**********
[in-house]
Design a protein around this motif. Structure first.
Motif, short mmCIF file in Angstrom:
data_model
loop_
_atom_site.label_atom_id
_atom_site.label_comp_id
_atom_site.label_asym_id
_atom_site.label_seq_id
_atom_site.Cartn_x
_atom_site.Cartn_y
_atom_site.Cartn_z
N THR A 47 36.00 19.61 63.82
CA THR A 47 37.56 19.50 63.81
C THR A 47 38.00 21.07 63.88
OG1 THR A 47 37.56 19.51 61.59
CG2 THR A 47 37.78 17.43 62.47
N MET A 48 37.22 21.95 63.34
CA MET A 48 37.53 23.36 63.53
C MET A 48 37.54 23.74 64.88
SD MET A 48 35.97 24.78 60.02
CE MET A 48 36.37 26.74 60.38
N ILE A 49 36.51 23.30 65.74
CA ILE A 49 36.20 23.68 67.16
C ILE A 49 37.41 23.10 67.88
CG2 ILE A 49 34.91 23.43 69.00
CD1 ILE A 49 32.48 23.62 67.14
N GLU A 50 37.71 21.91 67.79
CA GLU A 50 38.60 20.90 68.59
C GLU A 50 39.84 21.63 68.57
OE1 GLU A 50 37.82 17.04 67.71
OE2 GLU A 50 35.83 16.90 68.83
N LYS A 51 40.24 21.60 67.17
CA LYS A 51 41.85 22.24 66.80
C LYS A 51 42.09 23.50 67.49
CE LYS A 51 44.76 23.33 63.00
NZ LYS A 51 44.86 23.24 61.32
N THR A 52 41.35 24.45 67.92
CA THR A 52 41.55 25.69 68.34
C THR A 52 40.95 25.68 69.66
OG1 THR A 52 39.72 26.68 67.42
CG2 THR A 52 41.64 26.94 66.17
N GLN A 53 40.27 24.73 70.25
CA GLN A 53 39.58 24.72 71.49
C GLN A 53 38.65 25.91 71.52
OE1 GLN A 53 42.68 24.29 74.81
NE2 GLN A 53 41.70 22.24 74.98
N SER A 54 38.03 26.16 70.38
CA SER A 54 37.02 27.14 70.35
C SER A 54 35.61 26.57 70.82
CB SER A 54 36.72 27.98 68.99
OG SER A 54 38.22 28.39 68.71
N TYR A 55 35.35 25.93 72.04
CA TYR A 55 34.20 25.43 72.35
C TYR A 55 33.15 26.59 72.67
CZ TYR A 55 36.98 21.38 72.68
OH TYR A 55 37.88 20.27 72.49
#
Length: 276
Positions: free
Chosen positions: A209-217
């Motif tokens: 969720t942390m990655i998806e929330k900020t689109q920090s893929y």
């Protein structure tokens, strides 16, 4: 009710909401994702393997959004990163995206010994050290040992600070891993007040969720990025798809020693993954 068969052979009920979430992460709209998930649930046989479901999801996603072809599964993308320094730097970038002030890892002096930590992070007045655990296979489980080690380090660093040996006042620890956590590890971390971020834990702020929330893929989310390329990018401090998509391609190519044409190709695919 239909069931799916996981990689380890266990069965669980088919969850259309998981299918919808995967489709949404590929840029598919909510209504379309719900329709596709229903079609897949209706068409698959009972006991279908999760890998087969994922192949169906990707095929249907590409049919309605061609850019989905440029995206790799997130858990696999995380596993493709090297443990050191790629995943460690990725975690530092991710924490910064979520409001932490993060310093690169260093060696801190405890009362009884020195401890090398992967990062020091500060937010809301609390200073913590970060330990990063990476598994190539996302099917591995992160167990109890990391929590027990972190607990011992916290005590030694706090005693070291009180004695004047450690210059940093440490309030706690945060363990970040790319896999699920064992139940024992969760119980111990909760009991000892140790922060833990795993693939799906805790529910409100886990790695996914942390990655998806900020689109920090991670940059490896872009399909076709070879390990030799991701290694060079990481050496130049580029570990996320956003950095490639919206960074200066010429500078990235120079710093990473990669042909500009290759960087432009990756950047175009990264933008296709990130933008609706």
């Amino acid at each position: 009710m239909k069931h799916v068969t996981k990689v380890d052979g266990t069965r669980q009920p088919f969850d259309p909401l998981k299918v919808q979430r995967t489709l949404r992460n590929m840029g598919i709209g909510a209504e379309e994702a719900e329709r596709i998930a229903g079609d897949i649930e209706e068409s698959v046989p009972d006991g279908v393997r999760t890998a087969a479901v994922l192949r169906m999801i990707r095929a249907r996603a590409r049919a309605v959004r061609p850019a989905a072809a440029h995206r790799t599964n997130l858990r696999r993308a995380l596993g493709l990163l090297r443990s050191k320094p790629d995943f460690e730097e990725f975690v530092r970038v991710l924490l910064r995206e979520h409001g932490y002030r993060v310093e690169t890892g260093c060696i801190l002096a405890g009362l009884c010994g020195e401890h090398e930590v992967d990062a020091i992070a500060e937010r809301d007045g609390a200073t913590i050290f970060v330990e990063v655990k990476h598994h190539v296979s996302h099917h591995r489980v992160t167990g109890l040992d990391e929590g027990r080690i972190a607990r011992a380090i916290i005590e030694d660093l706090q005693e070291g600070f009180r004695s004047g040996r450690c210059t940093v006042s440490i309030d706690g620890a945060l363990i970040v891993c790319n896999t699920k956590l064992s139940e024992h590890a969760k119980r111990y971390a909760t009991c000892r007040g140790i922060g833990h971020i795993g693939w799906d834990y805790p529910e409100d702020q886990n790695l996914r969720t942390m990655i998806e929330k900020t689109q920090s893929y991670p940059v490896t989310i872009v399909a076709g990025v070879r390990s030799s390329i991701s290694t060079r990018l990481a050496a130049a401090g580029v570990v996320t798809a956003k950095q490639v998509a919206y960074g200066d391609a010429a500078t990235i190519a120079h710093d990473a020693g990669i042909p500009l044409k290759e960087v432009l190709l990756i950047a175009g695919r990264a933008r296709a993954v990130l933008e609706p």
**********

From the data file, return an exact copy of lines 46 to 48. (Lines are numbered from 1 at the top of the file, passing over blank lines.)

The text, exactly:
OE1 GLN A 53 42.68 24.29 74.81
NE2 GLN A 53 41.70 22.24 74.98
N SER A 54 38.03 26.16 70.38